Most febrile seizures produce no lasting effects. Simple febrile seizures don't cause brain damage, mental retardation or learning disabilities, and they don't mean your child has a more serious underlying disorder.
Febrile seizures don't indicate epilepsy, a tendency to have recurrent seizures caused by abnormal electrical signals in the brain.
Recurrent febrile seizures
The most common complication is the possibility of more febrile seizures. The risk of recurrence is higher if:
Dec. 05, 2014
- Your child's first seizure resulted from a low fever.
- The period between the start of the fever and the seizure was short.
- An immediate family member has a history of febrile seizures.
- Your child was younger than 15 months at the time of the first febrile seizure.
- Febrile seizures fact sheet. National Institute of Neurological Disorders and Stroke. http://www.ninds.nih.gov/disorders/febrile_seizures/detail_febrile_seizures.htm. Accessed Nov. 3, 2014.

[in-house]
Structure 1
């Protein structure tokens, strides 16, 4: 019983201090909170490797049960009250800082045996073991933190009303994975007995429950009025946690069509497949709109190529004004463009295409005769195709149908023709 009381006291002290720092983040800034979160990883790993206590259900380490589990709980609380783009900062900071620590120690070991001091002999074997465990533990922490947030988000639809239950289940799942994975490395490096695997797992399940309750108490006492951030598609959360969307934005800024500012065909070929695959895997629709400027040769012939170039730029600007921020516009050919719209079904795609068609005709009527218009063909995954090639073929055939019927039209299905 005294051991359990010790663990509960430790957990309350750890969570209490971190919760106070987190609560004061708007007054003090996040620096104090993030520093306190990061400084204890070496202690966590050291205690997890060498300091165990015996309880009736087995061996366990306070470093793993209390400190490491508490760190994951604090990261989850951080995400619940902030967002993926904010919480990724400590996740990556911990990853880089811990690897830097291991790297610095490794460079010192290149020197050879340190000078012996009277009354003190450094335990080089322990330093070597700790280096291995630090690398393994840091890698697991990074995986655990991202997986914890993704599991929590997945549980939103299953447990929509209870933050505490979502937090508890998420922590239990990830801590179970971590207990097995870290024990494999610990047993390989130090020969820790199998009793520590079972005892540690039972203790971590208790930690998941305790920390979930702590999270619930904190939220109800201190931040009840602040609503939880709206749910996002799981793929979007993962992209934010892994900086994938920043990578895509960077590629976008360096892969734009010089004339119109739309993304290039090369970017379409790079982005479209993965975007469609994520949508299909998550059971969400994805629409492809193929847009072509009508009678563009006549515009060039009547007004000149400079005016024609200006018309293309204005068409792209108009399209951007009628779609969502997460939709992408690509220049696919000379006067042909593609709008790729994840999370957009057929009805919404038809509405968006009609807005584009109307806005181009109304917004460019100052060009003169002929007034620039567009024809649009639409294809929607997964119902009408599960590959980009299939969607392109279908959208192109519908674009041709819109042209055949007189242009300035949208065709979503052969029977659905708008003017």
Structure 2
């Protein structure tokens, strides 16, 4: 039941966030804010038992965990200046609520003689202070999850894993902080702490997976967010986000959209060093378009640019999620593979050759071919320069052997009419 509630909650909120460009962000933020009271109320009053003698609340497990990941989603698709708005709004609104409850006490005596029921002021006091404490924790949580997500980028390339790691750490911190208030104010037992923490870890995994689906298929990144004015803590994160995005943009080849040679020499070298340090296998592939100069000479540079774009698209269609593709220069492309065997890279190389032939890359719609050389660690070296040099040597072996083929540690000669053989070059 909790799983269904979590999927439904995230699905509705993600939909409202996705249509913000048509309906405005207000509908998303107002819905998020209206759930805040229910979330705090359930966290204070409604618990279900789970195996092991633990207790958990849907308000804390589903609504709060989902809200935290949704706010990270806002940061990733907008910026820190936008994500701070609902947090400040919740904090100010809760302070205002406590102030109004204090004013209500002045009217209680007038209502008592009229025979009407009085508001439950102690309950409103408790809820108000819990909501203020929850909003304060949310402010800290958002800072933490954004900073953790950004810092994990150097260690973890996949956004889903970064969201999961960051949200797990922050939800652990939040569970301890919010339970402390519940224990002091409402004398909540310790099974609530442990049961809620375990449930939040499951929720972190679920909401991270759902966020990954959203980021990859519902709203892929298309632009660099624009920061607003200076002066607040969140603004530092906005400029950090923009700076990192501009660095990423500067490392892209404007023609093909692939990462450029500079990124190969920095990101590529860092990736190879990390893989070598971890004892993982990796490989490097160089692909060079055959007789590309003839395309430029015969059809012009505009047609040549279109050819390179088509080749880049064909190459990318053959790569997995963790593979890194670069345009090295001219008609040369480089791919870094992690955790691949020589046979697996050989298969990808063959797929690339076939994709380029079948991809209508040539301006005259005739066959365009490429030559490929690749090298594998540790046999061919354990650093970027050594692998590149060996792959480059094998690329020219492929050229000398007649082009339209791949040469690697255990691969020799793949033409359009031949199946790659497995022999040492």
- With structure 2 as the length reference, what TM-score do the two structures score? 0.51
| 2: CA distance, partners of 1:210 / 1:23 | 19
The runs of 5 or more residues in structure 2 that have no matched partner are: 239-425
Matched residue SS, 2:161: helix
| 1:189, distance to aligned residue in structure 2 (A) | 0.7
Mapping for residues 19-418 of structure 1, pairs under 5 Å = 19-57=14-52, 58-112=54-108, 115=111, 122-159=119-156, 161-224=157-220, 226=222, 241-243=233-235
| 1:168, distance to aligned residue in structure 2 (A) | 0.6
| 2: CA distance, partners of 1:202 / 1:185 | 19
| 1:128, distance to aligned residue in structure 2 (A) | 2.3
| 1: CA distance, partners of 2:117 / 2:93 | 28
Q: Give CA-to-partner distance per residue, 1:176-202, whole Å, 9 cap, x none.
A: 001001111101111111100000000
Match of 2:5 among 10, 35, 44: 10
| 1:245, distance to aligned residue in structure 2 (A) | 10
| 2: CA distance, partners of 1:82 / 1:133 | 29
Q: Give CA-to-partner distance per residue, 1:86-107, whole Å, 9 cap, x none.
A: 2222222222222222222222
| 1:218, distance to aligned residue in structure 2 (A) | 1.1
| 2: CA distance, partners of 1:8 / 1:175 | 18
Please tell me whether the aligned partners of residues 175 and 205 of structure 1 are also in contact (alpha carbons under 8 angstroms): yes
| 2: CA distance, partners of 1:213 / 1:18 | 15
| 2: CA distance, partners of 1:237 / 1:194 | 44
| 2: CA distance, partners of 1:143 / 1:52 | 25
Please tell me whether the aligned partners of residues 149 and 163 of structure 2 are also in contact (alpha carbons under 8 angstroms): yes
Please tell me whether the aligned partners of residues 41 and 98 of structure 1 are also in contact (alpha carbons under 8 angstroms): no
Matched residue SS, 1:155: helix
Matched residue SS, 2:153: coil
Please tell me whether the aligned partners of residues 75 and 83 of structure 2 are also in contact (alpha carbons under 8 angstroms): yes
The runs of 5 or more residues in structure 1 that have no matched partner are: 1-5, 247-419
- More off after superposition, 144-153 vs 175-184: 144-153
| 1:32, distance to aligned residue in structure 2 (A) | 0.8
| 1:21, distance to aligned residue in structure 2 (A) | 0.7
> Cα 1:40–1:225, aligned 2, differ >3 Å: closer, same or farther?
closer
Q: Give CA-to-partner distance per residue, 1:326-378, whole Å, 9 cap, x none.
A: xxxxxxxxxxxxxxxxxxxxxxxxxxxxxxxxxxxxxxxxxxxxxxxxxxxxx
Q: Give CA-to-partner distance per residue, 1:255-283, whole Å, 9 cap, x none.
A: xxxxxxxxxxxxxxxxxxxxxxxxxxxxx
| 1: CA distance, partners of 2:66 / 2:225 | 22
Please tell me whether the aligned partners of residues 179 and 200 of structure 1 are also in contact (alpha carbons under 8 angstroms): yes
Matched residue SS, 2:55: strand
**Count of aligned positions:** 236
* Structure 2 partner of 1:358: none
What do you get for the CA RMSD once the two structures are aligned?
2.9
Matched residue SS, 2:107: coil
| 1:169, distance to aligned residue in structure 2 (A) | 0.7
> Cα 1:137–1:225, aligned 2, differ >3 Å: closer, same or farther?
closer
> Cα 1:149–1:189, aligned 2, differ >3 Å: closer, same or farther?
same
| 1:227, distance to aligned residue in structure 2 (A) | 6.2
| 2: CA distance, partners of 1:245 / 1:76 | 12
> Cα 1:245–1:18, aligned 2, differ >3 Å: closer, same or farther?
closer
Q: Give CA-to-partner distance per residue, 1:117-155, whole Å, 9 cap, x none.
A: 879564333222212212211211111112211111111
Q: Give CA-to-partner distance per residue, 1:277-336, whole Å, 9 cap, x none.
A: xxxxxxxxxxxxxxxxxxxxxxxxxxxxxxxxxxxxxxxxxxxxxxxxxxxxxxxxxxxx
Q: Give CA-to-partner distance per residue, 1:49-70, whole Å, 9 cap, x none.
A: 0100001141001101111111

- Millichap JG, et al. Clinical features and evaluation of febrile seizures. http://www.uptodate.com/home. Accessed Nov. 3, 2014.
- Millichap JG, et al. Treatment and prognosis of febrile seizures. http://www.uptodate.com/home. Accessed Nov. 3, 2014.
- Chung S. Febrile seizures. Korean Journal of Pediatrics. 2014;57:384.
- Febrile seizures: Clinical practice guideline for the long-term management of the child with simple febrile seizures. American Academy of Pediatrics. http://pediatrics.aappublications.org/content/121/6/1281.full.html. Accessed Nov. 3, 2014.
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